- the measurement phase is carried out so as to obtain at all times a pair of values corresponding respectively to the luminance of the zone in the energized state and to the luminance of the zone in the de-energized state;
- an additional phase is provided for determining the contrast from the luminance values of each of said pairs;
adjustment of the control voltage of the liquid crystal cell of the display is made as a function of the previously determined contrast.
Of course, determination of the control voltage as a function of the determined contrast may be carried out in multiple ways.
Thus, for example, the contrast value determined at a time t may be subtracted from the contrast value determined at the preceding time t-1 and the value of the control voltage may be increased or possibly decreased as a function of the sign of this subtraction.
Of course, the invention relates also to a device for implementing the above defined method, one embodiment of which will be described hereafter by way of non limitative example, with reference to the accompanying drawings in which:
FIG. 1 is a block diagram of a display equipped with this device;
FIG. 2 is a front view of a display panel usable in the device shown in FIG. 1; and
FIGS. 3 and 4 are schematic sections respectively through A--A (FIG. 3) and B--B (FIG. 4) of the display panel shown in FIG. 2.
As mentioned above, the display according to the invention operates in transmissive mode and comprises, as shown in FIG. 1, a liquid crystal cell 1 illuminated on one side by a light device 2 and which is intended to be observed on the other side along a preferential axis of vision D forming angles θ1 and φ1 with the normal to the plane of the cell.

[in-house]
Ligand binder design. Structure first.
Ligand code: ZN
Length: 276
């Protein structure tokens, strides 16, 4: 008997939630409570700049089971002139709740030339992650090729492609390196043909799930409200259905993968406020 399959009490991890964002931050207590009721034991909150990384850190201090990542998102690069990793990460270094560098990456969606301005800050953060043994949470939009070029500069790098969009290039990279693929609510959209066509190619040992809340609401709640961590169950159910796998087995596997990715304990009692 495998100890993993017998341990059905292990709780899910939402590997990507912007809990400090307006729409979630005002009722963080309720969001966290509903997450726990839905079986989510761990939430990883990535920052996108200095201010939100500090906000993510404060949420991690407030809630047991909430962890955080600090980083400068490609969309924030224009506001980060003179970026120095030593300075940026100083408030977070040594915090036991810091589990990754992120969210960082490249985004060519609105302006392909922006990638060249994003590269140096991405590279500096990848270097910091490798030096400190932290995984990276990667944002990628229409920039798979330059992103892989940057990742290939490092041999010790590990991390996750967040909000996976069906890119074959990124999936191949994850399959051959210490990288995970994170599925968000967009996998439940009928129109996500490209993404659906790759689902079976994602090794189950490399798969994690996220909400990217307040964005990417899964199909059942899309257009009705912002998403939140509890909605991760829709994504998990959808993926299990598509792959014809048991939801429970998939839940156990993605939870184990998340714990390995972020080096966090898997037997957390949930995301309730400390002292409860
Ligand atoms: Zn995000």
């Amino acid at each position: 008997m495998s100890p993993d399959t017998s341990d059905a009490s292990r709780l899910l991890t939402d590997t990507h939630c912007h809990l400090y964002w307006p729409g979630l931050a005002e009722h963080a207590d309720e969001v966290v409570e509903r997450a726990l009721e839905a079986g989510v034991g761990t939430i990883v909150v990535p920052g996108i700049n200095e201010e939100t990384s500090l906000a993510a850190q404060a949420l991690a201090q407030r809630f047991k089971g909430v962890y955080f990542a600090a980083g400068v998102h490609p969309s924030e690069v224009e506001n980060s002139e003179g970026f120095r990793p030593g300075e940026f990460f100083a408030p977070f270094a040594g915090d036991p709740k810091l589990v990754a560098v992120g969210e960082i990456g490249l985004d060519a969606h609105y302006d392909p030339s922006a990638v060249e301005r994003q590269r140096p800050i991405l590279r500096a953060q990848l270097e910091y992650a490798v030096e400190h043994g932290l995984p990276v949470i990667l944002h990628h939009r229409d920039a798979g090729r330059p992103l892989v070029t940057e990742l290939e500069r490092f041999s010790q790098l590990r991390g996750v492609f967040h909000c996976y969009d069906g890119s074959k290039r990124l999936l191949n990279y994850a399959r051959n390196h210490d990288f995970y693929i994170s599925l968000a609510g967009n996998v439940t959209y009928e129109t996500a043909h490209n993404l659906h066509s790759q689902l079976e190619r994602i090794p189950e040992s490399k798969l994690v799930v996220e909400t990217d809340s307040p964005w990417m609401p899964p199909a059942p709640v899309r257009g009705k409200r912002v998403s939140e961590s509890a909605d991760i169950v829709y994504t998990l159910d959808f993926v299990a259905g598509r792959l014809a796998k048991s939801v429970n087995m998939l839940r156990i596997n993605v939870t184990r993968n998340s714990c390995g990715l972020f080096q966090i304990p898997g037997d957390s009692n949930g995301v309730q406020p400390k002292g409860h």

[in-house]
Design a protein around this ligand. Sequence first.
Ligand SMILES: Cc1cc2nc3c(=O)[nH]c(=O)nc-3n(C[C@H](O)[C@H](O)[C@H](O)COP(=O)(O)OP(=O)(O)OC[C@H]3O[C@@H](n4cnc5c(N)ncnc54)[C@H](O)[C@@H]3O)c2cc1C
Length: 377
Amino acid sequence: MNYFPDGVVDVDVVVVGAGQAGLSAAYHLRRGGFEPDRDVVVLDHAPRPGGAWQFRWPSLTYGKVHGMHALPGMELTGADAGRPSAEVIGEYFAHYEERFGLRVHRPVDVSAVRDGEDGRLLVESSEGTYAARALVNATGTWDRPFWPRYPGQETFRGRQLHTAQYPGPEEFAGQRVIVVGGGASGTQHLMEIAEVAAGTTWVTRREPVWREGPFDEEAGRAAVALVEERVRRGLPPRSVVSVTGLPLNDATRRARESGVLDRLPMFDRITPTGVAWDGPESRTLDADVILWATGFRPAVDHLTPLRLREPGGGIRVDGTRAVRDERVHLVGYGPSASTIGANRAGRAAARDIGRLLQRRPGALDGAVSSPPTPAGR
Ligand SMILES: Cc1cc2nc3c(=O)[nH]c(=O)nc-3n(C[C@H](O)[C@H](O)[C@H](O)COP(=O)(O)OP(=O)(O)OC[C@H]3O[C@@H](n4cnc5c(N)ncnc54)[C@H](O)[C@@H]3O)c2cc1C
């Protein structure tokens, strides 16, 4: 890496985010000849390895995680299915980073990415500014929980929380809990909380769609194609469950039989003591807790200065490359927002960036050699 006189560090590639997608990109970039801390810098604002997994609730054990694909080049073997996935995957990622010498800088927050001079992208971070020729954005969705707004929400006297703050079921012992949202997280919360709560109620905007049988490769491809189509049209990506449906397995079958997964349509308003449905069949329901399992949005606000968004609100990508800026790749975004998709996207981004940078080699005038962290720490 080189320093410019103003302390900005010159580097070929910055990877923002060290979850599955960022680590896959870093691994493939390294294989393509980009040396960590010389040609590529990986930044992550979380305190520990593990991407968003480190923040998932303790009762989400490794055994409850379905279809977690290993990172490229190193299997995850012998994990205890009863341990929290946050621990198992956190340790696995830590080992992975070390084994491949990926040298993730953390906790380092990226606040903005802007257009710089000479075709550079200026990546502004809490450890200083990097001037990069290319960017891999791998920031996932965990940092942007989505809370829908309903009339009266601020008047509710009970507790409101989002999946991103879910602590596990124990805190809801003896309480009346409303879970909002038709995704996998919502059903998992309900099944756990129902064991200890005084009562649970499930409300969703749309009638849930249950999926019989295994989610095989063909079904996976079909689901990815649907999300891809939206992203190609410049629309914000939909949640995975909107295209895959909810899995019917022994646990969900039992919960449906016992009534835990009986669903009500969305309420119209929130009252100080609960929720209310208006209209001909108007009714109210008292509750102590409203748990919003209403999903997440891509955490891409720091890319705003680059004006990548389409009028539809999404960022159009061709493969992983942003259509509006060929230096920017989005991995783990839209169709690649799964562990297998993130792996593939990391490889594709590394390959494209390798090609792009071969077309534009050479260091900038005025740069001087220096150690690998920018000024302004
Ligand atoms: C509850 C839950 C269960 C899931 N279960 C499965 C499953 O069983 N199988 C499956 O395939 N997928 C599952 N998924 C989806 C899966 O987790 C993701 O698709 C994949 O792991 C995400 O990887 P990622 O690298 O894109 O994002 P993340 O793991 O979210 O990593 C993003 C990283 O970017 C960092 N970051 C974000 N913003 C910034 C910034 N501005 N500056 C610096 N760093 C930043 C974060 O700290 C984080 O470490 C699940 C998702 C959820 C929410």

This liquid crystal cell is controlled by a driver circuit of conventional type 4 adapted to apply a given control voltage VLCD to selected electrodes of cell 1, selection of the electrodes, and consequently of the pixels of the image to be formed, being made by a computer (connection 6). In this example, the control circuit 4 comprises means for adjusting the control voltage which it delivers. However, contrary to existing circuits, these adjustment means do not comprise a potentiometer which can be operated by the user but are controlled by computer 5 (connection 7).
In accordance with the invention, computer 5 is adapted so as to apply a voltage to the electrodes of cell 1 included in a given test zone Z, which causes periodic energization of the pixels included in this zone, which then pass successively from the energized "ON" state to the de-energized "OFF" state, then again to the "ON" state and so on.
The light transmitted in this zone Z of the display is detected by a collimated photoelectric cell 8 (lens 9) oriented so as to be able to "observe" this zone along a given axis T parallel to the preferential axis of vision D.
This cell, as well as the zone of the display are protected from ambient light by an optical mask which, in the example shown in FIGS. 2 to 4, consists in the cross piece 10 of a grid 11 applied against the front face of the liquid crystal cell 1 and which divides the latter into two display areas 12, 12'. Cell 8 is here disposed at the bottom of a well 13 formed in cross piece 10 coaxially to axis T. Its opening, which is applied against the cell, defines the test zone Z.